While they may require a bit of time and effort, creating employer branding content and media is a great way to provide easily digestible and insightful content that can be shared across multiple platforms. Here are a few different content ideas to get your creative juices flowing.

 

Film a Recruitment Video

Modern Software Factory: The Tour | Video: Broadcom Infrastructure Software

A brief 30-second recruitment video, like the one above from Broadcom Inc., could easily be repurposed on social media, the company website or even as a TV advertisement. It’s quick and clever, leaving candidates wanting more, which they can get by checking out the company’s careers page.

A recruitment video also doesn’t have to fit into rigid guidelines. For example, a video by SodaStream incorporates information about the company while including people from multiple departments and of different nationalities and languages.

 

Record a Company Podcast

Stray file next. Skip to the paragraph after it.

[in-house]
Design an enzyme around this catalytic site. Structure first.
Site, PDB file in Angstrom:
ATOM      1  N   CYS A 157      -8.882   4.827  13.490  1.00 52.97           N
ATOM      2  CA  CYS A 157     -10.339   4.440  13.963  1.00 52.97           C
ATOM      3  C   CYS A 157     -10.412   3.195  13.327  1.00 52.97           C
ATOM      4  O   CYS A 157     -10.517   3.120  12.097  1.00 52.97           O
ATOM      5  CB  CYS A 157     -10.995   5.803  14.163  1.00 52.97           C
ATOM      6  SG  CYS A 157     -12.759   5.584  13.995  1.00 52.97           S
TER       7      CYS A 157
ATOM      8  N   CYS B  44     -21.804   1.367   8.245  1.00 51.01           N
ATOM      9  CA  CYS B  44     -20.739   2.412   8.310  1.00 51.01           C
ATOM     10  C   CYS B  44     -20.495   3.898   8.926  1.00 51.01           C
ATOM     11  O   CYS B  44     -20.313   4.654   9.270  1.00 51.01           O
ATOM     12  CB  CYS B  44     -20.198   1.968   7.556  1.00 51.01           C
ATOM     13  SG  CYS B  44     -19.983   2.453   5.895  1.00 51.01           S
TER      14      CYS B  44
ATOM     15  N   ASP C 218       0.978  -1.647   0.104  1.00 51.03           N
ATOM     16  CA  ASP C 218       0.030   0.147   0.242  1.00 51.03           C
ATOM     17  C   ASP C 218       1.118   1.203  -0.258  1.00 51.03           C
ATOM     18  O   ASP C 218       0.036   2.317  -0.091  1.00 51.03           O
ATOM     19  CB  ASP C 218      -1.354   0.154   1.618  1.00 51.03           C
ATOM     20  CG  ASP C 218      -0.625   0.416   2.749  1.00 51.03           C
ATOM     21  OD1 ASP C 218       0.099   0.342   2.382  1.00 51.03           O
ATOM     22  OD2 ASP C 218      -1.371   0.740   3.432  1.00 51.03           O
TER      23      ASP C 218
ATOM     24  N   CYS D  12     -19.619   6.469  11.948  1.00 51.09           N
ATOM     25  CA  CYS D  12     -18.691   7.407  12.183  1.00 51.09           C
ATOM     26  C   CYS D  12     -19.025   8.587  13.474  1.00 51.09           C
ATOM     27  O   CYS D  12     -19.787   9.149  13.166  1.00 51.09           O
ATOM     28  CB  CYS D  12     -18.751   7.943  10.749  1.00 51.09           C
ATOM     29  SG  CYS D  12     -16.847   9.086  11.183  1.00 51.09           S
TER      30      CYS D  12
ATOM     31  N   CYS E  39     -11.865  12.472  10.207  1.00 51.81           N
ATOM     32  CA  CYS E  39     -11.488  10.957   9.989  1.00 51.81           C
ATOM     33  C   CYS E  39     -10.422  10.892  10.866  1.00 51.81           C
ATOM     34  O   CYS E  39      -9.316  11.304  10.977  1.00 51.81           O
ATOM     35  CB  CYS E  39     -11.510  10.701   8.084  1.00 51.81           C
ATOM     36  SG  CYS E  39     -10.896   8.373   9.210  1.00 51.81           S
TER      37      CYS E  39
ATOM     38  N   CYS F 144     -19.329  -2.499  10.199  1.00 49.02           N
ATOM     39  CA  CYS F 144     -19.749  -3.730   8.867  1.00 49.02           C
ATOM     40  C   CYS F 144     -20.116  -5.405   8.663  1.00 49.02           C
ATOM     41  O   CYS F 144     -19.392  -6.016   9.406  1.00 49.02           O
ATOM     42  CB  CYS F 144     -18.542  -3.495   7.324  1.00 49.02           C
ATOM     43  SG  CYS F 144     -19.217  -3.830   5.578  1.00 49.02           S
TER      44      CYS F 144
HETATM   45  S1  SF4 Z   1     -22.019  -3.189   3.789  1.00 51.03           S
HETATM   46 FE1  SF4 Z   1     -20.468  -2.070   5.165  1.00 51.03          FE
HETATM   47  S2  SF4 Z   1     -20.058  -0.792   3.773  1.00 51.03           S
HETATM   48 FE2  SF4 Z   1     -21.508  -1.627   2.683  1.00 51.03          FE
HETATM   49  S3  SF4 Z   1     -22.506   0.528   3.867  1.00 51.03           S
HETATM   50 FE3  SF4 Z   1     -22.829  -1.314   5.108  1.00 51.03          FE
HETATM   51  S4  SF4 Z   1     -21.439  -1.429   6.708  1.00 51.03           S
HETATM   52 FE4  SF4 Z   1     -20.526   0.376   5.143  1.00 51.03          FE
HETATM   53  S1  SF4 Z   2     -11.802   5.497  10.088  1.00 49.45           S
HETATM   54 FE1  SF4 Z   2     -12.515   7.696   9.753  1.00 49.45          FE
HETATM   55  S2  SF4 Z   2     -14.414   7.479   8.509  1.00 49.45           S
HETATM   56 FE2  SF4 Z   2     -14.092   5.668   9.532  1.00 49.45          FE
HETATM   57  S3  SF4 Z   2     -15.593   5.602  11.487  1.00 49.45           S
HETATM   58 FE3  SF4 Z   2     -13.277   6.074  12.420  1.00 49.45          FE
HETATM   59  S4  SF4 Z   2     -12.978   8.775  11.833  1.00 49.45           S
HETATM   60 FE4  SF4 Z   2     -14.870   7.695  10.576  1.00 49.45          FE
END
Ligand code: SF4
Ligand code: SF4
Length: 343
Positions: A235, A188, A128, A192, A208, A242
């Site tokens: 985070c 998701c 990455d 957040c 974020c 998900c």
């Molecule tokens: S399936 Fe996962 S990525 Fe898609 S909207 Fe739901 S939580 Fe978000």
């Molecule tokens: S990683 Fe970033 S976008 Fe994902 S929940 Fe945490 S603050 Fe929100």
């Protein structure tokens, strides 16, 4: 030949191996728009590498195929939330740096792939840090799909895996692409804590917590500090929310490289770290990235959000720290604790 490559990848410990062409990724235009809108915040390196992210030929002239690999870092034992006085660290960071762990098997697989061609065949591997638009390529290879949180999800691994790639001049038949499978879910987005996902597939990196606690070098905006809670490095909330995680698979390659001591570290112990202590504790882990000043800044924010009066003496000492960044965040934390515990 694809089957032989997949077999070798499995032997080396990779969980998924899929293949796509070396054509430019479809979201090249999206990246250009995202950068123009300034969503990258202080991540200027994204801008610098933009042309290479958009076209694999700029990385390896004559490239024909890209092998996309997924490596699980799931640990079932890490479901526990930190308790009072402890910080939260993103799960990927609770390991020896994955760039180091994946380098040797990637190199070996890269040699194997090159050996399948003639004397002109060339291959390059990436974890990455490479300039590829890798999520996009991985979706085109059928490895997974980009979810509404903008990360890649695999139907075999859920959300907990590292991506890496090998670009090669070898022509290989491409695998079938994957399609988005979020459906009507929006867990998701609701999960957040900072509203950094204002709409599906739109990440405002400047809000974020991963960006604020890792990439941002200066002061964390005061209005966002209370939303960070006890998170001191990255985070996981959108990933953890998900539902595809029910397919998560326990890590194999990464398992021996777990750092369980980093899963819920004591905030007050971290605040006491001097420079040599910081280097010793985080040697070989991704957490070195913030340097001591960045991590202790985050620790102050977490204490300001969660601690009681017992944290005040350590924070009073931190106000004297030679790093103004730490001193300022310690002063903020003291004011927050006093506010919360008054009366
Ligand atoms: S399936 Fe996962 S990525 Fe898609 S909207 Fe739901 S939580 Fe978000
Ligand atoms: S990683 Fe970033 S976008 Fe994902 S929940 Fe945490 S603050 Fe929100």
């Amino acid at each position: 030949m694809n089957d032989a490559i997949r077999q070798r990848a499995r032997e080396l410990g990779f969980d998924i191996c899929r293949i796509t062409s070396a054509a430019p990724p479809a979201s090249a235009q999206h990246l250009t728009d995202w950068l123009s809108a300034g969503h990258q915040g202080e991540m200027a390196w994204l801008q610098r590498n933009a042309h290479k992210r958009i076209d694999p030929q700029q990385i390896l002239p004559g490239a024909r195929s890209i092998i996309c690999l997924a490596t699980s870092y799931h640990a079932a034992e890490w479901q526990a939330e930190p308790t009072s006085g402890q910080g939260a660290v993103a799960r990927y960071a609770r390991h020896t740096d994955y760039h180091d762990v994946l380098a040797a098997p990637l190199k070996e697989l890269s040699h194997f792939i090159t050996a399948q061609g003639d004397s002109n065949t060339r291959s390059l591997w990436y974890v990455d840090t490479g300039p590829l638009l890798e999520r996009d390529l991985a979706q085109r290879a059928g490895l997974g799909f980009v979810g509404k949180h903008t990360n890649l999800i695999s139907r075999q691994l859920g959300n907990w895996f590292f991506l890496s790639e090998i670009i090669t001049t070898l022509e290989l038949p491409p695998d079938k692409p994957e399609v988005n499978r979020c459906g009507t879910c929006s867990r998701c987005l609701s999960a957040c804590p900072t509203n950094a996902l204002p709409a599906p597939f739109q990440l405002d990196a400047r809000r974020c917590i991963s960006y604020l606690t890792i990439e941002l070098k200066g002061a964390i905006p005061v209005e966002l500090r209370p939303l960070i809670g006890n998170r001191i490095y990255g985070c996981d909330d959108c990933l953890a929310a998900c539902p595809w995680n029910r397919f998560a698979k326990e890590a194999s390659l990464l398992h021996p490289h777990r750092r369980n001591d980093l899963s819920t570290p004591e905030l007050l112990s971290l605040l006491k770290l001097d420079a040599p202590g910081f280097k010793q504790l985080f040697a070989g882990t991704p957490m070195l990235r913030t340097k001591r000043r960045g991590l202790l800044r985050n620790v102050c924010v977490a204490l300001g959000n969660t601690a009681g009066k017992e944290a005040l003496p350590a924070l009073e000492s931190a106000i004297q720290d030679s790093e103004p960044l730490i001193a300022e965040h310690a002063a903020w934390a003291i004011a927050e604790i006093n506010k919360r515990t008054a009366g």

Employee testimonials allow candidates to hear directly from potential colleagues about what it is like to work at your company. Turbonomic provided testimonials in the form of 10- to 20-minute podcast episodes.

Not only are podcasts becoming more and more popular, but listeners can actually hear the voice and emotion behind what the employees are saying — something that’s lost in written testimonials. The same goes for video testimonials. This provides in-depth insights into your employees’ backgrounds, personalities and the roles they’ve held at the company.

 

Write a Company Blog 

At Sift, this company creates in-depth blog posts on its personal site covering news reports, informational guides and employee spotlights. These stories allow candidates to get to know a company’s values and prospective team on a more personal level. Beyond just the basics of the company, an employee spotlight blog for example covers personal interests, hobbies, passion projects and everything in between.

 

5. Host Recruitment Events

Recruitment events are still an essential part of the recruiting process, even in a work world that is increasingly virtual. Recruitment events provide recruiters with a chance to get to know candidates’ personalities and backgrounds beyond their resumes.

 

Connect With Universities 

From universities and trade schools to niche boot camps, educational institutions are one of the top resources for recruiting fresh talent. Salesforce has a dedicated team for recruiting university students, called Futureforce, that works with university campuses to provide resources to help young candidates prepare for their first roles with the company.